Updated: Mar 14
The history of working horses dates back to before the first world war, a lot of the horses were then recruited for the war efforts. Working horses were a normal sight to see on the fields, working the land but they were also used to pull barges along the canals and for milk cart deliveries. This year Scotland is celebrating the Year of History, Heritage, and Archaeology, what better place to celebrate Horse Power than at Helix Park, Falkirk? Home to the majestic Kelpies.
At the Horse Power event Helix Park, Falkirk ©MDHarding
Celebrating Horse Power with the Year of History, Heritage, and Archaeology
Horse Power Event
This past Saturday 9th September, saw the Horse Power event take place at Helix Park in Falkirk. There were 40 horses, displays, children's pony riding, horse and cart rides, and a range of traditional Scottish food produce, such as Arran Cheese, Clan Artisan, Mara Seaweed, and more!
Horse Power in Falkirk ©MDHarding
The Highlanders were in full action at Helix Park. Did you know that the Highlanders refers to the people of the lowlands, the clans ruled the lands as part of clans in the 17th century. Then in 1715, the Jacobite uprising at Culloden took place. If you would like to discover more visit the National Museums Scotland to see the Bonnie Prince Charlie and the Jacobite exhibition until November 2017.
Highlanders at Helix Park ©MDHarding
Horses and The Canals
Falkirk is where both the Union and Clyde canals join, today you can visit the Falkirk Wheel. Take a boat trip on the world's only boatlift of its kind. The Union Canal was built in 1817 to transport mainly coal but there was also a passenger service on a 'swiftboat' which was pulled by two horses traveling at around 10 mph and took between 10 to 14 hours between Edinburgh and Glasgow.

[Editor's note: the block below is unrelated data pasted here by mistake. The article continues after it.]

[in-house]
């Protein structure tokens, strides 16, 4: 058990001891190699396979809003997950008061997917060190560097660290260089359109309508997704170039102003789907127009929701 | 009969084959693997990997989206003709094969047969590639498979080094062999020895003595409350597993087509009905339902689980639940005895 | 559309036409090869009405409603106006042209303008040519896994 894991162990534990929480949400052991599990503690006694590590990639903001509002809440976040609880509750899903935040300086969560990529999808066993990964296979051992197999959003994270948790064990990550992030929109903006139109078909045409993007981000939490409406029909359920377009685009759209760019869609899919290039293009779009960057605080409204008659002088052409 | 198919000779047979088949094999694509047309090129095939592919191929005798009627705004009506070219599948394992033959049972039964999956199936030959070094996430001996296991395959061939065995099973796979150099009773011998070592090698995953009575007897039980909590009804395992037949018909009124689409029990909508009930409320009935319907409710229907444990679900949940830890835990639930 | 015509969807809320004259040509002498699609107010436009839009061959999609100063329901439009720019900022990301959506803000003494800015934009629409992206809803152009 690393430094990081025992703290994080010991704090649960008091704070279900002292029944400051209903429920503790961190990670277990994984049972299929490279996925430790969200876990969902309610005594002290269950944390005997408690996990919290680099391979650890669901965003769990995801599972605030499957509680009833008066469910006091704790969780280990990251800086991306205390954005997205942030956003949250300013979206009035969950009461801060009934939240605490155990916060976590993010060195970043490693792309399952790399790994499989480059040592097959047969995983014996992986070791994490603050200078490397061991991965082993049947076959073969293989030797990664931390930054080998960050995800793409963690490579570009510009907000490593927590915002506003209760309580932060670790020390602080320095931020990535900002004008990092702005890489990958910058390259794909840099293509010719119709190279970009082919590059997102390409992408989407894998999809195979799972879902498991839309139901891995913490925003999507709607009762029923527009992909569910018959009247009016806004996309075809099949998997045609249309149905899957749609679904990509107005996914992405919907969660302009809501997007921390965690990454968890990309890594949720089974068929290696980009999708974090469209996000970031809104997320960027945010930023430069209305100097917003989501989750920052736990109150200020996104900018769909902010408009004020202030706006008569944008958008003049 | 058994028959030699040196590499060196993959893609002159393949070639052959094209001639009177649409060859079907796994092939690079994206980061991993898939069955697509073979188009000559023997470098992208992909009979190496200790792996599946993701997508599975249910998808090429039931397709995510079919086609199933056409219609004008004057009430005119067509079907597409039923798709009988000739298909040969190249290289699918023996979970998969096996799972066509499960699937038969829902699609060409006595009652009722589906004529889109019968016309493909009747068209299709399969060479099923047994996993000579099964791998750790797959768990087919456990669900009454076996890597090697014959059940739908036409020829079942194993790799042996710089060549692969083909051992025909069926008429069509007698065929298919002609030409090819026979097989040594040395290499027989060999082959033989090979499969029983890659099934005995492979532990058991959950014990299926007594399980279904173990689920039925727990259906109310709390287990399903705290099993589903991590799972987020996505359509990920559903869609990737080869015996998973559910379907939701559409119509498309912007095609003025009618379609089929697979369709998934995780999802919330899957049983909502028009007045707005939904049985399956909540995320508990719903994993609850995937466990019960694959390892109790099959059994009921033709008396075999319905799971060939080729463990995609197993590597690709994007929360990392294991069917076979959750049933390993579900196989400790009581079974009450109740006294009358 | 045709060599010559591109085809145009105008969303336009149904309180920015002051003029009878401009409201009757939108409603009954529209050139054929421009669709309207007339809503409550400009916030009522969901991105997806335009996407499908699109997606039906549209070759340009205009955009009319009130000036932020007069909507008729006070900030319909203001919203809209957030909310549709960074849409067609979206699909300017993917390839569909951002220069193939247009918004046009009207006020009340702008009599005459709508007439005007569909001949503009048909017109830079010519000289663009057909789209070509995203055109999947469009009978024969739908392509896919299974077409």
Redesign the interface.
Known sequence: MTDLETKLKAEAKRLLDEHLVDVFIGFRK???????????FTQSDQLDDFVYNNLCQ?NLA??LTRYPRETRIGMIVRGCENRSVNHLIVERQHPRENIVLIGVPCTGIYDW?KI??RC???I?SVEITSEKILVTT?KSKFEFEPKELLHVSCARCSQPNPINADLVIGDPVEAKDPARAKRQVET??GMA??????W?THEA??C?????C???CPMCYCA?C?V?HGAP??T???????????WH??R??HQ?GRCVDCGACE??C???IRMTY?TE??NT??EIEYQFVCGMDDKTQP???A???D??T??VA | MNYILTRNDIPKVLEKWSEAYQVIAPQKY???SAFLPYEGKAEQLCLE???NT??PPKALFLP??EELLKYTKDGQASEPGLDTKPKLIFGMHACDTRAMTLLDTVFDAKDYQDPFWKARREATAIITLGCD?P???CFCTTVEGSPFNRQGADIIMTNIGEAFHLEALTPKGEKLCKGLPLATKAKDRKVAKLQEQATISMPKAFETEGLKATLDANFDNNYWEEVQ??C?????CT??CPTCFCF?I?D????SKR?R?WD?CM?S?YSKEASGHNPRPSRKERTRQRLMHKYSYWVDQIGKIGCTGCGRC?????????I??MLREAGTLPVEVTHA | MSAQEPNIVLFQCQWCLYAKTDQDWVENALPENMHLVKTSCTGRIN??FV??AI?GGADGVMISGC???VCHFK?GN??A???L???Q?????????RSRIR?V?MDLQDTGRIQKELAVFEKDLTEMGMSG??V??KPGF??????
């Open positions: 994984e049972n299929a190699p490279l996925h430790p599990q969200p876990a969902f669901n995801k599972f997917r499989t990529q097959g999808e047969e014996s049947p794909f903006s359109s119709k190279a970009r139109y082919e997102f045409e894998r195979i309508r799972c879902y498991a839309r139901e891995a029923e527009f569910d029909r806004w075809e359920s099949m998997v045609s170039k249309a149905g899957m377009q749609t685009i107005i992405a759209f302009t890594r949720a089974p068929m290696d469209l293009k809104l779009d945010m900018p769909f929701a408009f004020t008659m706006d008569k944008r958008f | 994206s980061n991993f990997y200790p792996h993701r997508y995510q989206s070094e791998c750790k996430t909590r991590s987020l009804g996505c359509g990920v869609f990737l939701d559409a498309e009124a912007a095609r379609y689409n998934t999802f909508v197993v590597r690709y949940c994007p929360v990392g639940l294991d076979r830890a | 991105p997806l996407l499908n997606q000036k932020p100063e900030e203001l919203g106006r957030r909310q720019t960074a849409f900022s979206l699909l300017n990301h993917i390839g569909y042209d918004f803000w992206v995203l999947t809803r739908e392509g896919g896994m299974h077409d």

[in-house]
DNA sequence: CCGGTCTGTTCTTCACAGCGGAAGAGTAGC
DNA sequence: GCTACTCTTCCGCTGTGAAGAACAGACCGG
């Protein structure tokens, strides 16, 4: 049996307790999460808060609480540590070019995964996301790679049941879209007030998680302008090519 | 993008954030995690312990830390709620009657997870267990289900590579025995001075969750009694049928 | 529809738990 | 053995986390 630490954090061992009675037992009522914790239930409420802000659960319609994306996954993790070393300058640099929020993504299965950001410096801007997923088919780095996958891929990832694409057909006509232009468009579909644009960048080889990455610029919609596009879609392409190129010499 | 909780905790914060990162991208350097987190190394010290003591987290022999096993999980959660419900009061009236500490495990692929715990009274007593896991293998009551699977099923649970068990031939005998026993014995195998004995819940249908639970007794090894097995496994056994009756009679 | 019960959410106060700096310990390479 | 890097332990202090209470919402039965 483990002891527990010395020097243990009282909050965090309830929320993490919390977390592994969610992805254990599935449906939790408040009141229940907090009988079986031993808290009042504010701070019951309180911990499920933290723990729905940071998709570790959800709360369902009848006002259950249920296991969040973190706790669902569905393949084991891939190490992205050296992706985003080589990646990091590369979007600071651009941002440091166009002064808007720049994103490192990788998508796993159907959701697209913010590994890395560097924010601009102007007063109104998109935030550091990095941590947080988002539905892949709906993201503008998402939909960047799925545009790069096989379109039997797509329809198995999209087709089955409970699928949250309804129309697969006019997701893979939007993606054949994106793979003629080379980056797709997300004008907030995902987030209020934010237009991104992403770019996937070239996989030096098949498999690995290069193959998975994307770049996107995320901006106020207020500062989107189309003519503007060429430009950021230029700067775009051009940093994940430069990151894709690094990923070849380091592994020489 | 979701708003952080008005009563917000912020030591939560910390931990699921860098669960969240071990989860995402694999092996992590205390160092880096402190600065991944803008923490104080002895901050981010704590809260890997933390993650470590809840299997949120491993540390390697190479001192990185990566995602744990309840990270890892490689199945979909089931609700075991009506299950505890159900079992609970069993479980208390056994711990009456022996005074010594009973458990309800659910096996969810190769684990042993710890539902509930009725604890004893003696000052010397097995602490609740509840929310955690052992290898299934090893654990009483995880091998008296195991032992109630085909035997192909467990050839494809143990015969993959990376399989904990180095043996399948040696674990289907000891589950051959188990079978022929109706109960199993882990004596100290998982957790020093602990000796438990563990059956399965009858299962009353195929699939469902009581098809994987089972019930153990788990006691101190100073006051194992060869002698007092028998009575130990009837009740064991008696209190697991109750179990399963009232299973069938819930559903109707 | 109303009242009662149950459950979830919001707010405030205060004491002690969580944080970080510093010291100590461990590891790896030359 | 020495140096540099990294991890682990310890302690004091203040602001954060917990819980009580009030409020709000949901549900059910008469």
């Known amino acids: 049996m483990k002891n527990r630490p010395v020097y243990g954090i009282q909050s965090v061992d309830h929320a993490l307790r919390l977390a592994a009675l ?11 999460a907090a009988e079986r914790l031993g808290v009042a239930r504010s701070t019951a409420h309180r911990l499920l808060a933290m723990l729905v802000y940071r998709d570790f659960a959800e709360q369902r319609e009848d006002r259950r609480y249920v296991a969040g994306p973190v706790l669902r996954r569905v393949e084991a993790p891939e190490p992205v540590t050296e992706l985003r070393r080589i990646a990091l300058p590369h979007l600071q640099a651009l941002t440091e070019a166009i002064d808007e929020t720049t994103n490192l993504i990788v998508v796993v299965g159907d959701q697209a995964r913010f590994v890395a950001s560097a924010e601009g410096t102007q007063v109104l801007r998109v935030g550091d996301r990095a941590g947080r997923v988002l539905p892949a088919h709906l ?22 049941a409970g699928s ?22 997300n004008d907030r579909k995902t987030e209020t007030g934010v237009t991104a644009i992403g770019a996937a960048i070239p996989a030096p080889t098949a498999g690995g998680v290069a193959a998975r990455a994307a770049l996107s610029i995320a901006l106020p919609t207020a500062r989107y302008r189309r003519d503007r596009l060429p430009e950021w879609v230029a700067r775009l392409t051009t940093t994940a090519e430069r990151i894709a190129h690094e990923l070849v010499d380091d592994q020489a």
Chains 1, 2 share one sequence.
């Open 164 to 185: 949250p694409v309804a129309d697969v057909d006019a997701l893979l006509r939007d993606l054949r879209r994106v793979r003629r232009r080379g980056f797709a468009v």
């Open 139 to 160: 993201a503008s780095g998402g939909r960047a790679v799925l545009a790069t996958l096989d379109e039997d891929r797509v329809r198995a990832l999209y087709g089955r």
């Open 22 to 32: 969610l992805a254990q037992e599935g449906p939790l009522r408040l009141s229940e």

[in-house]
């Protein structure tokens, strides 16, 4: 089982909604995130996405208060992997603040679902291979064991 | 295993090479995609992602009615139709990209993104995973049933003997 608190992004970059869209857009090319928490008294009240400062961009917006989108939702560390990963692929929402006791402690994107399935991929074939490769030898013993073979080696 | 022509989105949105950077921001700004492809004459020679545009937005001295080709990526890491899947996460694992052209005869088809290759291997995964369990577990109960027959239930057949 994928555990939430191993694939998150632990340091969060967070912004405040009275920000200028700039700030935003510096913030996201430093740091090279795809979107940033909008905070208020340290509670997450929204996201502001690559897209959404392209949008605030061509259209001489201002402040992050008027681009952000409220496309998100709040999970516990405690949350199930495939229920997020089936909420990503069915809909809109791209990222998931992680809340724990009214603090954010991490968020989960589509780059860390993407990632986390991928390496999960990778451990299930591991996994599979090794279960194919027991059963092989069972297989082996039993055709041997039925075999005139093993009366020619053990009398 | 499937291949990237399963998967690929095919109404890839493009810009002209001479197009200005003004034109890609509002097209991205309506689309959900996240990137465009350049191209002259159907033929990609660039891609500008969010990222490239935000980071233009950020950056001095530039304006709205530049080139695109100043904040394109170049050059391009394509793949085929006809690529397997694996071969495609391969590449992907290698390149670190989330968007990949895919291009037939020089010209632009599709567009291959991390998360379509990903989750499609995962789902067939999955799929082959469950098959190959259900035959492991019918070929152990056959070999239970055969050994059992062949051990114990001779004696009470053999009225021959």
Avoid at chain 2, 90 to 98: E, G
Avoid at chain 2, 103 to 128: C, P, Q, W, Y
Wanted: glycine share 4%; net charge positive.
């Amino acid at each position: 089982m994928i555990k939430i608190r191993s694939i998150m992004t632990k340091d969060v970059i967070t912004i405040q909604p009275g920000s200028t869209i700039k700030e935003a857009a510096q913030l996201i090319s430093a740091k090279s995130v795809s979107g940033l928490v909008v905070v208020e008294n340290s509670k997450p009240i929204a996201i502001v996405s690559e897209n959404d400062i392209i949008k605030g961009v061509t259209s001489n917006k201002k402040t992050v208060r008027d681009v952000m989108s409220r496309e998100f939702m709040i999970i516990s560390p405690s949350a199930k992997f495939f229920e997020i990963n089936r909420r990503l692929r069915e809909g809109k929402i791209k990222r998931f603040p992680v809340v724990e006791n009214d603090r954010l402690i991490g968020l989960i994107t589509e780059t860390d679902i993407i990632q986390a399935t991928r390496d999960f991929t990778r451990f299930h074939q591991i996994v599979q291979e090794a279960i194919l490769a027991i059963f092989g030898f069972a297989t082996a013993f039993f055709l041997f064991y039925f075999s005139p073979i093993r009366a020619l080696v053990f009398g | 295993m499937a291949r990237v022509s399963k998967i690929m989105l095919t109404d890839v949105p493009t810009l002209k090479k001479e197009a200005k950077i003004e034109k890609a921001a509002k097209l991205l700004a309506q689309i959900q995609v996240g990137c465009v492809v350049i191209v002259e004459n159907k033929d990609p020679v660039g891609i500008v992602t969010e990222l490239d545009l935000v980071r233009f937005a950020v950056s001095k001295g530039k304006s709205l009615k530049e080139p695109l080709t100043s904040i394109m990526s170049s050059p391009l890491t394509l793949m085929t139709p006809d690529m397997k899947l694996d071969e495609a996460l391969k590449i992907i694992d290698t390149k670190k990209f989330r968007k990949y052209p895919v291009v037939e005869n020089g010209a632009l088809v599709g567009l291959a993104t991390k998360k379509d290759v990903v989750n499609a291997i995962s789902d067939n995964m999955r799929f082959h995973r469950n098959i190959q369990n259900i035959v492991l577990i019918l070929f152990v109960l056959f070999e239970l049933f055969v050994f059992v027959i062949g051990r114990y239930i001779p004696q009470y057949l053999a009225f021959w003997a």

The Seagull Trust returned back to times gone by for the day of Horse Power. The young Clydesdale horse gave it an almighty go, even when a little uncertain. In the day of technology and everything changing so rapidly, it was nice to reacquaint myself with equestrian history.
Discover more about Scottish canals, events, cycling, and walking routes for all the family. Have you heard you can now go on an Akwakat? Highly recommend. So much fun!
Horse on the Canal ©MDHarding
Horse & Cart Rides
Calcantray Clydesdales were out giving horse and cart rides on the day. Did you know Edinburgh (St Cuthbert's Co-op Milk Delivery) was the last to provide milk by the traditional horse and cart? And that Sean Connery worked as a milkman at St Cuthbert's between 1944 - 1950 before becoming James Bond. After 125 years the last horse-drawn milk delivery was on January 26th, 1985.
Today if you visit Lancaster, Pennsylvania in the United States of America you can Experience the Amish Way of Life. Where you can step back in time and enjoy authentic home cooking, dress, and traditions.
Galantray Clydesdale ©MDHarding
Back in November 2013 the Kelpies, the largest equestrian sculpture were completed. The majestic sculptures by Andy Scott are incredible! Did you know that not two pieces are the same? The Kelpies were modelled on two Clydesdale working horses Duke & Baron. As well as the connection of the working Clydesdale horses on the canals, did you know there is also a mythical horse-like water creature called a Kelpie? Don't you just love a good story with myth and magic? Discover more on a guided tour, Where you will also get to visit inside one of the Kelpies.
Working Horses with the Kelpies ©MDHarding
I hope you enjoyed reading about Horse Power and were inspired to visit Helix Park and the Kelpies. Happy Travels:) x